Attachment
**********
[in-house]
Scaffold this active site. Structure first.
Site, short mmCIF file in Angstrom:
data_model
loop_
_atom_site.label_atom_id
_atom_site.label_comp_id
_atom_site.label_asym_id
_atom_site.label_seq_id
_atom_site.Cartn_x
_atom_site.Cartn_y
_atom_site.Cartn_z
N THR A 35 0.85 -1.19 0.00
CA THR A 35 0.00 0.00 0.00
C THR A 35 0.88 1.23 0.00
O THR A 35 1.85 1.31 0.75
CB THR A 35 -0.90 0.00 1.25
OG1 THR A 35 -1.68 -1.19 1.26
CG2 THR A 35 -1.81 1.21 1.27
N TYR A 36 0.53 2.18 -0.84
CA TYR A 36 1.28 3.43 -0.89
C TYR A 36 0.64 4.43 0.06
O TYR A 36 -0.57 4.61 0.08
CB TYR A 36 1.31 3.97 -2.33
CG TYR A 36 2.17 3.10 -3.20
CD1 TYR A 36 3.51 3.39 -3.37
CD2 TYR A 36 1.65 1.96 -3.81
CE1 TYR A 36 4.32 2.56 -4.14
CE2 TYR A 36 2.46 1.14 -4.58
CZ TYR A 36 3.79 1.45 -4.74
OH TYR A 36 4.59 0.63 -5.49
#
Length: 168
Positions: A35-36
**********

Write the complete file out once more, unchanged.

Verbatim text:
[in-house]
Scaffold this active site. Structure first.
Site, short mmCIF file in Angstrom:
data_model
loop_
_atom_site.label_atom_id
_atom_site.label_comp_id
_atom_site.label_asym_id
_atom_site.label_seq_id
_atom_site.Cartn_x
_atom_site.Cartn_y
_atom_site.Cartn_z
N THR A 35 0.85 -1.19 0.00
CA THR A 35 0.00 0.00 0.00
C THR A 35 0.88 1.23 0.00
O THR A 35 1.85 1.31 0.75
CB THR A 35 -0.90 0.00 1.25
OG1 THR A 35 -1.68 -1.19 1.26
CG2 THR A 35 -1.81 1.21 1.27
N TYR A 36 0.53 2.18 -0.84
CA TYR A 36 1.28 3.43 -0.89
C TYR A 36 0.64 4.43 0.06
O TYR A 36 -0.57 4.61 0.08
CB TYR A 36 1.31 3.97 -2.33
CG TYR A 36 2.17 3.10 -3.20
CD1 TYR A 36 3.51 3.39 -3.37
CD2 TYR A 36 1.65 1.96 -3.81
CE1 TYR A 36 4.32 2.56 -4.14
CE2 TYR A 36 2.46 1.14 -4.58
CZ TYR A 36 3.79 1.45 -4.74
OH TYR A 36 4.59 0.63 -5.49
#
Length: 168
Positions: A35-36